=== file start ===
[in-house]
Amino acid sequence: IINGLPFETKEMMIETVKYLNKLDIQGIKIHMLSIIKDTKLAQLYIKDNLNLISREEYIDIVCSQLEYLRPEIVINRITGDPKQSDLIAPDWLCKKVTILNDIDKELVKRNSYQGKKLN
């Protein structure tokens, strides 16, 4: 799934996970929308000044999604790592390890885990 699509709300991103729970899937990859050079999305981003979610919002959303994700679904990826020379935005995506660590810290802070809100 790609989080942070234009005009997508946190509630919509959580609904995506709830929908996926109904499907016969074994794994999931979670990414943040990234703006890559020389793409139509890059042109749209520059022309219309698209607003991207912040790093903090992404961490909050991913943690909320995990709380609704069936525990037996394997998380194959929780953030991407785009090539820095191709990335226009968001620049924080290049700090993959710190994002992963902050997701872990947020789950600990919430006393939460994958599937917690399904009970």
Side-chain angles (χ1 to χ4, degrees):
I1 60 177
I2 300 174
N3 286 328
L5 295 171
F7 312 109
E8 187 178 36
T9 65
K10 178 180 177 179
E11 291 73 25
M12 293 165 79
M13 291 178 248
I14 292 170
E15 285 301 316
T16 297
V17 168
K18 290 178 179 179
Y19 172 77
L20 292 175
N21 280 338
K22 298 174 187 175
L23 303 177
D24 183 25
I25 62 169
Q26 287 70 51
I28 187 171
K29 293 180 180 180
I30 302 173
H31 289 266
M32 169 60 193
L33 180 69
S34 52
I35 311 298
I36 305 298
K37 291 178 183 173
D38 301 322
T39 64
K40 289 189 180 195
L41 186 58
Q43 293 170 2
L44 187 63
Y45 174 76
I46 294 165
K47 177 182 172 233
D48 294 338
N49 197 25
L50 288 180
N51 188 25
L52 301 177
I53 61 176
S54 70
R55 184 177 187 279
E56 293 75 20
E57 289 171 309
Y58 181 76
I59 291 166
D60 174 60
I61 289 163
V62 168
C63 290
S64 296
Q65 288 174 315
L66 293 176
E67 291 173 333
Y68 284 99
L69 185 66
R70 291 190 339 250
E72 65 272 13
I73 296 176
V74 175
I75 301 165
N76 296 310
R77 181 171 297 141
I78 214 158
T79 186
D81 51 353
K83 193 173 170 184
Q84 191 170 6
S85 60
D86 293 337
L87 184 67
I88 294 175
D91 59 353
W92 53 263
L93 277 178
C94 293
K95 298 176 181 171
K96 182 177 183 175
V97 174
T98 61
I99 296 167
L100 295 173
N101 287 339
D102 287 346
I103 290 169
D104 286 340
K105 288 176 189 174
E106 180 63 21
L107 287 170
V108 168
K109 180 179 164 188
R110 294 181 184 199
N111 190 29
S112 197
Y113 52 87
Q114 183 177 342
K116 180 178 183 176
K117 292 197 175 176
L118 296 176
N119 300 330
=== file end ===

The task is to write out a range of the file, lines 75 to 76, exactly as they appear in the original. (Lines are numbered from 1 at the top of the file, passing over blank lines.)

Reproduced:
N76 296 310
R77 181 171 297 141